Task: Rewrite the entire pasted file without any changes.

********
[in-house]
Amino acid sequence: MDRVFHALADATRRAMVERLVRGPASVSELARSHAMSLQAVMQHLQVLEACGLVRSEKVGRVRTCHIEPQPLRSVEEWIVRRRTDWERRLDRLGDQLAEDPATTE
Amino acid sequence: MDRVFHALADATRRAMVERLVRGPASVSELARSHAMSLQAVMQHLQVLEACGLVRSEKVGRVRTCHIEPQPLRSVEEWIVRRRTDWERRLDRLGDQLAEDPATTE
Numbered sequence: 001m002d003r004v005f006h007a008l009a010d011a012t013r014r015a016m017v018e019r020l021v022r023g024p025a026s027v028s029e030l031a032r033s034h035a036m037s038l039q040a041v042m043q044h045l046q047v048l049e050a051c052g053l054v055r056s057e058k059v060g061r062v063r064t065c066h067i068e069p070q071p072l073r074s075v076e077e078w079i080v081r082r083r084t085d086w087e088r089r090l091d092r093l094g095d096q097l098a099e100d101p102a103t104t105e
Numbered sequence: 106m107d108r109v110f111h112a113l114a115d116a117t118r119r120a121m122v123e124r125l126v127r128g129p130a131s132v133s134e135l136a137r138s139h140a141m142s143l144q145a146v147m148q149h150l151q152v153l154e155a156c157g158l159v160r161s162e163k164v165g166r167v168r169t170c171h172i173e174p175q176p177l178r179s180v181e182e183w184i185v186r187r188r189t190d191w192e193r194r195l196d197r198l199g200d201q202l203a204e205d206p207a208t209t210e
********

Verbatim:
[in-house]
Amino acid sequence: MDRVFHALADATRRAMVERLVRGPASVSELARSHAMSLQAVMQHLQVLEACGLVRSEKVGRVRTCHIEPQPLRSVEEWIVRRRTDWERRLDRLGDQLAEDPATTE
Amino acid sequence: MDRVFHALADATRRAMVERLVRGPASVSELARSHAMSLQAVMQHLQVLEACGLVRSEKVGRVRTCHIEPQPLRSVEEWIVRRRTDWERRLDRLGDQLAEDPATTE
Numbered sequence: 001m002d003r004v005f006h007a008l009a010d011a012t013r014r015a016m017v018e019r020l021v022r023g024p025a026s027v028s029e030l031a032r033s034h035a036m037s038l039q040a041v042m043q044h045l046q047v048l049e050a051c052g053l054v055r056s057e058k059v060g061r062v063r064t065c066h067i068e069p070q071p072l073r074s075v076e077e078w079i080v081r082r083r084t085d086w087e088r089r090l091d092r093l094g095d096q097l098a099e100d101p102a103t104t105e
Numbered sequence: 106m107d108r109v110f111h112a113l114a115d116a117t118r119r120a121m122v123e124r125l126v127r128g129p130a131s132v133s134e135l136a137r138s139h140a141m142s143l144q145a146v147m148q149h150l151q152v153l154e155a156c157g158l159v160r161s162e163k164v165g166r167v168r169t170c171h172i173e174p175q176p177l178r179s180v181e182e183w184i185v186r187r188r189t190d191w192e193r194r195l196d197r198l199g200d201q202l203a204e205d206p207a208t209t210e